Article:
One of the words which we nowadays translate as ‘hell’ is the Greek word ‘Gehenna’. In the context of Jesus’s day, it was used to refer to the rubbish dump outside Jerusalem, which was situated in a place called the Valley of Hinnom; ‘Gehenna’ is the Greek translation of that idea. Gey Ben Hinnom – The Valley of the Son of Hinnom, to give it its full (anglicised) title – was used in ancient times for idol worship and vile practices such as child sacrifices, as such it was seen as an unclean place of wastage and decay. It was of course known as somewhere to be avoided!
I’m not going to go into the whys and the wherefores of the existence or non-existence of hell, or any other discussion on the concept of the eternal destiny of human souls. Today, I want to talk about hell which is present today in real life. The concept of Gehenna is seen wherever human life is wasted, wherever precious souls are consigned to the ‘rubbish dump’ as being worthless. It’s seen when sufficient value is not attached to human lives, when people are not appreciated, where people are abused, in the bondage of slavery; either real slaves, which does go on today, let me tell you – or just people who are underpaid and whose work goes unappreciated, or people who are subjected to unjust working conditions such as zero-hours contracts.
So, I think a lot of what Gehenna means is the hell of wasted lives. There’s a bloke I know, who wrote this:
“Just a little context before you think I’m getting all Southern Baptist Preacher on you…When Jesus uses the word ‘Hell’ he is referring to a place called Gehenna. This place was known and was significant to the people of Jesus’ day – it was the rubbish dump outside of Jerusalem and was known to be always smoldering away. Really horrific things had happened there in the name of other gods and it was considered cursed. This image represented destruction, wastage, oppression.
Whatever your view on faith, I can tell you Gehenna exists. If you look around – it exists and it exists in front of our eyes.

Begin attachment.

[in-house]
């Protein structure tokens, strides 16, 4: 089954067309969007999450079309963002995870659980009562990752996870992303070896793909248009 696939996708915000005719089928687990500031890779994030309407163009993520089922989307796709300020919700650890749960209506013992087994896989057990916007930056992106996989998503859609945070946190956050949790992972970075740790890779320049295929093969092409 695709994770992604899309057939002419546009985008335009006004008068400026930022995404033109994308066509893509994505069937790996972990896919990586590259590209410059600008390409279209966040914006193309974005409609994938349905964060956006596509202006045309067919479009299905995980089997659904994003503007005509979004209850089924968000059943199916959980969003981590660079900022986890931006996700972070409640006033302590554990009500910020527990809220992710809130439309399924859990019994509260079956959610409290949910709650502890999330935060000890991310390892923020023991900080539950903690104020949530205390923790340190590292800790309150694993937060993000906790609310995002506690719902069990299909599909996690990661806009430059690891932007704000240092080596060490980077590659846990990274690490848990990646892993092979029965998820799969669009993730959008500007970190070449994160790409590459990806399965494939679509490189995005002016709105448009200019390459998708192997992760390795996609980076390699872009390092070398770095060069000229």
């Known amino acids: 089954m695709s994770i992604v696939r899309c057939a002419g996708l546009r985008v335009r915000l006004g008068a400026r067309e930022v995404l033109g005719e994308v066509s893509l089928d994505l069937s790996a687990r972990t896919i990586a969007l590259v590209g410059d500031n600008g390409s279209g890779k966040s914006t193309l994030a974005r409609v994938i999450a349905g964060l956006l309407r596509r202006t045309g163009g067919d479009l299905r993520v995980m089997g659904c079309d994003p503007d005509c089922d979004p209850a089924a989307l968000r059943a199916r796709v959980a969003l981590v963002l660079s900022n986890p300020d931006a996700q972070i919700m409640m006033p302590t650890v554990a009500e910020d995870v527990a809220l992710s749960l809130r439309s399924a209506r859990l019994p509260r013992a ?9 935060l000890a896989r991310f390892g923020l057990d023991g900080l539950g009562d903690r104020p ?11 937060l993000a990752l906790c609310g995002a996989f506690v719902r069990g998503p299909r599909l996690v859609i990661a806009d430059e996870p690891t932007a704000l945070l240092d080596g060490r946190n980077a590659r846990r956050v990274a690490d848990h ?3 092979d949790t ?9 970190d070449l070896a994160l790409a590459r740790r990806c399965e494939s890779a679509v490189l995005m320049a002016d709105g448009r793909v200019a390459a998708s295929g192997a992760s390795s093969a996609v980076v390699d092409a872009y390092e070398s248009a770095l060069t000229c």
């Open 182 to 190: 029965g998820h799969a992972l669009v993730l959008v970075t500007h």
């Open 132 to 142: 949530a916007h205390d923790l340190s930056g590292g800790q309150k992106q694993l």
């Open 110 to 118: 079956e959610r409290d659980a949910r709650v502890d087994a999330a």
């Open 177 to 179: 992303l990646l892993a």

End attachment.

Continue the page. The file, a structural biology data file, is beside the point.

Everyday I see lives wasted.
I see people oppressed by addiction.
I see people shackled by fear.
I see relationships stifled by insecurity or scars of the past.
I see dreams put on the shelf for another day.
I see mistrust that breeds mistrust.
I see abuse.
I see bitterness.
I see lies.
I’m not being judgmental, I’m really not – in fact, if I was to ignore these things I would be lacking in integrity and compassion. I would be shying away from responsibility by sticking my head in the sand.
Where we see the existence of Gehenna in the world, we need to lean over, stretch out a hand and drag others out of the pit of wastage and into freedom, opportunity, relationship.
We should be so close to the edge that we smell of smoke!”
(It’s worth reading the whole article too; it does have some bearing on this current post.)
I personally believe that the reason Christians are on the earth (else why not let’s all just go off to Heaven now!) is to bring the Kingdom of God forward from the future into today’s life.
Let me tell you this: ‘Life in all its fulness’ is not pie in the sky when we die, it’s grace on a plate while we wait.
It’s bringing in Jesus’s healing (physical, spiritual and relational), forgiveness and just total restoration to those who are sick and need the Doctor. I’d call that Good News! I have seen this in action in our church where we minister to the homeless, addicts and those locked in vice, and to see these people’s lives restored is nothing short of breathtaking. With all the different giftings in the church, which mesh together and provide supporting and cross-linked, God-built ministry, we really are leaning over into Gehenna and plucking them out of it and into the restoration that Jesus brings.
I have personally seen addicts’ lives restored from the brink, lives transformed, people healed and restored and delivered into fulness of life. This is really happening today in my church. Gehenna is being raided and plundered and people are being rescued – for real.
Wow! It’s brilliant what Jesus does!
Note: The header picture on this post is a shot of the Valley of Hinnom as it is today.